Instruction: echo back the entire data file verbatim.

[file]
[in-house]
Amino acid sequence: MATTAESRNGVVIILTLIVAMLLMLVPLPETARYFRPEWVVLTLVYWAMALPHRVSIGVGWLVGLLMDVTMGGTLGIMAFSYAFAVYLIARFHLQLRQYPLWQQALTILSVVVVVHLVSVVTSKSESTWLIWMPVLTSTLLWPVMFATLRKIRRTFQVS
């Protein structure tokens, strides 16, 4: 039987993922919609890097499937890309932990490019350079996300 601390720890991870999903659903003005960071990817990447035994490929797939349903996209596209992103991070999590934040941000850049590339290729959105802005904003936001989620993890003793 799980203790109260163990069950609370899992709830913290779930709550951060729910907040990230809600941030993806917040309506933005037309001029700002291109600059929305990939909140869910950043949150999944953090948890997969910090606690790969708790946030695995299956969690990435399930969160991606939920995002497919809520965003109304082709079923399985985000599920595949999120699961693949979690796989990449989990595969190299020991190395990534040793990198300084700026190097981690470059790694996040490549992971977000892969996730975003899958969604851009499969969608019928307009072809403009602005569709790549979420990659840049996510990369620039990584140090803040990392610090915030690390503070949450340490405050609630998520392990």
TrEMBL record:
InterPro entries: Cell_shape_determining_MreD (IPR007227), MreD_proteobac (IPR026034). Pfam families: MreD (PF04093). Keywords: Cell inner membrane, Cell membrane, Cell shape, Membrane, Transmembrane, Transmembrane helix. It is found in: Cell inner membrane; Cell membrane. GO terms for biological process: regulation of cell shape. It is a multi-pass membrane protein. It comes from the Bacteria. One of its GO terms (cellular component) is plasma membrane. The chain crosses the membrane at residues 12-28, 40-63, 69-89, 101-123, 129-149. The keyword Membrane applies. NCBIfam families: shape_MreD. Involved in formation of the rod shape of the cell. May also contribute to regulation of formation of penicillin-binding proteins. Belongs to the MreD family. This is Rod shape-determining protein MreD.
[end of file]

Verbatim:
[in-house]
Amino acid sequence: MATTAESRNGVVIILTLIVAMLLMLVPLPETARYFRPEWVVLTLVYWAMALPHRVSIGVGWLVGLLMDVTMGGTLGIMAFSYAFAVYLIARFHLQLRQYPLWQQALTILSVVVVVHLVSVVTSKSESTWLIWMPVLTSTLLWPVMFATLRKIRRTFQVS
């Protein structure tokens, strides 16, 4: 039987993922919609890097499937890309932990490019350079996300 601390720890991870999903659903003005960071990817990447035994490929797939349903996209596209992103991070999590934040941000850049590339290729959105802005904003936001989620993890003793 799980203790109260163990069950609370899992709830913290779930709550951060729910907040990230809600941030993806917040309506933005037309001029700002291109600059929305990939909140869910950043949150999944953090948890997969910090606690790969708790946030695995299956969690990435399930969160991606939920995002497919809520965003109304082709079923399985985000599920595949999120699961693949979690796989990449989990595969190299020991190395990534040793990198300084700026190097981690470059790694996040490549992971977000892969996730975003899958969604851009499969969608019928307009072809403009602005569709790549979420990659840049996510990369620039990584140090803040990392610090915030690390503070949450340490405050609630998520392990």
TrEMBL record:
InterPro entries: Cell_shape_determining_MreD (IPR007227), MreD_proteobac (IPR026034). Pfam families: MreD (PF04093). Keywords: Cell inner membrane, Cell membrane, Cell shape, Membrane, Transmembrane, Transmembrane helix. It is found in: Cell inner membrane; Cell membrane. GO terms for biological process: regulation of cell shape. It is a multi-pass membrane protein. It comes from the Bacteria. One of its GO terms (cellular component) is plasma membrane. The chain crosses the membrane at residues 12-28, 40-63, 69-89, 101-123, 129-149. The keyword Membrane applies. NCBIfam families: shape_MreD. Involved in formation of the rod shape of the cell. May also contribute to regulation of formation of penicillin-binding proteins. Belongs to the MreD family. This is Rod shape-determining protein MreD.